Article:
Another service they provide is the management of chargebacks. When buyers refute a charge on their credit card, it is up to the acquiring bank and PayFac to overlook the process. Not only do they work to resolve any needed follow-up or information gathering, but they are also liable for the charge if the merchant doesn't pay it.
Many PayFacs have simple packages with flat-rate structures that make fees easy to understand and manage. For example, Stripe tacks a 2.9% +$0.30 fee to successful card charges with no other monthly or surprise fees. While custom packages are offered for those with large payment volumes or special needs, this primary flat rate is the most common option.
Square is another example of a company with mostly simple rates - swiping, tapping, or chip card payments are a 2.6% +$0.10 fee per successful charges. As with Stripe, there are some deals and exceptions. For instance, invoices or "Card on File" processing costs a bit more, while those with hardware branded from the company called a Square Register pay 2.5% instead of 2.6%.
PayFac vs. traditional merchant service accounts
Traditional merchant accounts are the bank accounts you set up to accept your own in-house online payments through credit cards or debit cards. If you don't have a very large volume of transactions but still are planning not to use a PayFac, this or an ISO is probably the type of service you will be using.
Unlike under a PayFac, you are directly held responsible by the bank and contract with them. Rather than using frictionless underwriting, you end up having to go through that arduous onboarding process yourself. This onboarding can often take a few weeks of time to finish arranging with the bank. Since you are the merchant account holder, you will also be liable for chargebacks and fraud prevention on your own.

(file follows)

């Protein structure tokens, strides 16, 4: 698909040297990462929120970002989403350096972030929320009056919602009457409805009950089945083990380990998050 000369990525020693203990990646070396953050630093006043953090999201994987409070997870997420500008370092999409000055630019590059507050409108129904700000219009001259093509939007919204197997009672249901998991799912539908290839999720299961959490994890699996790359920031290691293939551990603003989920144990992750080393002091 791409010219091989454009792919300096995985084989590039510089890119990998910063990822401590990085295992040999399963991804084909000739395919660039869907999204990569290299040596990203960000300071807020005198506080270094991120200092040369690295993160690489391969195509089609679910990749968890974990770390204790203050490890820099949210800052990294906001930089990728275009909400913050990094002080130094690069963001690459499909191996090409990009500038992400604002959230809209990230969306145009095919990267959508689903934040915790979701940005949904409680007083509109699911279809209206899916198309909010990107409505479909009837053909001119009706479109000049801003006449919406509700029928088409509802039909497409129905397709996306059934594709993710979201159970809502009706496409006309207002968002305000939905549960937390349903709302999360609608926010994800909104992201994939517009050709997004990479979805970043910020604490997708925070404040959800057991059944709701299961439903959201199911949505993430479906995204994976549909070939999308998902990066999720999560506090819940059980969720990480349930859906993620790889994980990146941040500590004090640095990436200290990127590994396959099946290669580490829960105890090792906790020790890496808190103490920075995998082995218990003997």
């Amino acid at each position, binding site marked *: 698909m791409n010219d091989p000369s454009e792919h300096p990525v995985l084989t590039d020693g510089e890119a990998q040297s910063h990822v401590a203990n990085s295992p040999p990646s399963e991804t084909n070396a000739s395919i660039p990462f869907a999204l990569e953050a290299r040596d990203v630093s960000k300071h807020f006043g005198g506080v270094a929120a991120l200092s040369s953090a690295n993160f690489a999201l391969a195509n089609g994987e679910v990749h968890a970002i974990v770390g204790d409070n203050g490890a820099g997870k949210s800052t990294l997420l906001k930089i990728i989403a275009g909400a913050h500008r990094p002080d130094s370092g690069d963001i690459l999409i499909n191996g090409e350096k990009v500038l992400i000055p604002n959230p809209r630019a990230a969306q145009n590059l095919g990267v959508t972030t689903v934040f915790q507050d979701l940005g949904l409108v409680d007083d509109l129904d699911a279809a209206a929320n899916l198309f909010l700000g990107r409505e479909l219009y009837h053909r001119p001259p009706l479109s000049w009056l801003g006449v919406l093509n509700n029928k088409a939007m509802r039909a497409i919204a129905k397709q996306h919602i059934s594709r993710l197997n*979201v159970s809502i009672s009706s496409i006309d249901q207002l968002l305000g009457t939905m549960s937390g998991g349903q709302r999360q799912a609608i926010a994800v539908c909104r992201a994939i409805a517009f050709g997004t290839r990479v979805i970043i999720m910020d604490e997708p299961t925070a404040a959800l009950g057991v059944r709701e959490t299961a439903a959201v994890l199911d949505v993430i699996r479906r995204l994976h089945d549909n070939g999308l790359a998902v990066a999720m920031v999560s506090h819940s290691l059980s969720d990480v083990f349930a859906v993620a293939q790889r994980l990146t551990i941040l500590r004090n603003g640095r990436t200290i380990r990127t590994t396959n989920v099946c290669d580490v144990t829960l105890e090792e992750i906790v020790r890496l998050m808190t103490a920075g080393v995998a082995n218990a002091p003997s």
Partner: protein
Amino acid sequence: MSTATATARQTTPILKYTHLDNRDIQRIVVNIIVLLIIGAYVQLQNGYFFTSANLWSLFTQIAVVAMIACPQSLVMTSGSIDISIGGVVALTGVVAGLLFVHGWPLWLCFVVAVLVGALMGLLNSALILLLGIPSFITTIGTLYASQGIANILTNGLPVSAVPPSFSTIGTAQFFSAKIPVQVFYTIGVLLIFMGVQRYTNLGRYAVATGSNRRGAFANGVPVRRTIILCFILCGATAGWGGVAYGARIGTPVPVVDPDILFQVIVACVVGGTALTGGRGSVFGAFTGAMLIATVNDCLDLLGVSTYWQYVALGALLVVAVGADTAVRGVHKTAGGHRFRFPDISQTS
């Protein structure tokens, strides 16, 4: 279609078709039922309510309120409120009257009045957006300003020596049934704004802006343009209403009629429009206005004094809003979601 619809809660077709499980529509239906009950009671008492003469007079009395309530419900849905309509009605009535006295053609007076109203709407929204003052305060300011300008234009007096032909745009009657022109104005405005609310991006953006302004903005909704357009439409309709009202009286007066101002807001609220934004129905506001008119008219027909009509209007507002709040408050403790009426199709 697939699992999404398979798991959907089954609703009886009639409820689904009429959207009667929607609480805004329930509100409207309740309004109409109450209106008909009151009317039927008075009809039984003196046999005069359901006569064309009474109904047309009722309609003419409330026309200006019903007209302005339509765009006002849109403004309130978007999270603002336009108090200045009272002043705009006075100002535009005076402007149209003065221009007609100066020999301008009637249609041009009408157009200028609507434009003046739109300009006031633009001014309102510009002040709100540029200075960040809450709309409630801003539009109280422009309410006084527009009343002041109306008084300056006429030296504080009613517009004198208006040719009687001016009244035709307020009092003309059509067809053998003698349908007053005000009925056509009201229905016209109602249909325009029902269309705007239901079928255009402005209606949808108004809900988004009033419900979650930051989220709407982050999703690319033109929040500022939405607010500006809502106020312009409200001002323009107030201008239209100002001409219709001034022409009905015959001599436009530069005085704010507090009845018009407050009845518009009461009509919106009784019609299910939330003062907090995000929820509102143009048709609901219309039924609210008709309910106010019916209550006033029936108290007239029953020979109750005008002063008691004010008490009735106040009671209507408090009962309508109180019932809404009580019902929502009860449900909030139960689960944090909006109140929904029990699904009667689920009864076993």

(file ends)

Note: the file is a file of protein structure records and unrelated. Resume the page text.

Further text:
With all of that being said, fees are discussed with the bank through your contract. This negotiation means they can be cheaper than a PayFac. This rate, of course, depends on what you can negotiate with the bank and how many transactions you have throughout the year. Banks are much more likely to charge monthly or annually rather than per transaction, meaning it may not be worth it if you have a very low sales volume.
PayFac vs. an ISO
An ISO (Independent Sales Organization) is similar to a PayFac in a lot of ways. In a similar manner, they offer merchants services to help make the selling process much more manageable. However, much of their functionality and procedures are very different due to their structure.
When you make a contract that involves an ISO, sometimes they aren't even on the contract themselves. The contact includes the payment processor, rather than you being solely in an agreement with the ISO, as is most often the case with PayFac agreements. This difference alone has a significant impact on the relationship you will have with an ISO vs. a PayFac. For example, because a payment facilitator has responsibility for its sub-merchants, they are the ones who handle underwriting, risk issues like fraud and chargebacks, and manage the relationships with payment processors. It is important to note that some ISOs also take on the risk of businesses and other functions, such as wholesale ISOs.
In summary, the most significant difference between most ISOs and PayFacs is the additional inclusion of the payment processor that the merchant associates with directly. ISOs' approval processes are often slower. However, ISOs are less likely to terminate your contract if they think you are a risk compared to a PayFac. ISOs often cost less than a PayFac but at the loss of some advantages of a PayFac like risk mitigation and frictionless underwriting. Beyond a handful of details, these two processes are quite similar, and both are very valid considerations depending on your company's size, needs, and transaction volume.
Online credit card and debit card transactions are a complicated process. For larger companies that would see immense benefits from creating a traditional merchant account, PayFacs are not always the right choice. Many smaller or medium-sized companies without massive transaction volumes can absolutely benefit from the many advantages that a PayFac or ISO has to offer. Generally, it is suggested to examine if you process less than a million dollars of transactions a year - if not, a PayFac is often worthwhile. If your company processes more than that threshold, an ISO or traditional merchant account is certainly worth considering.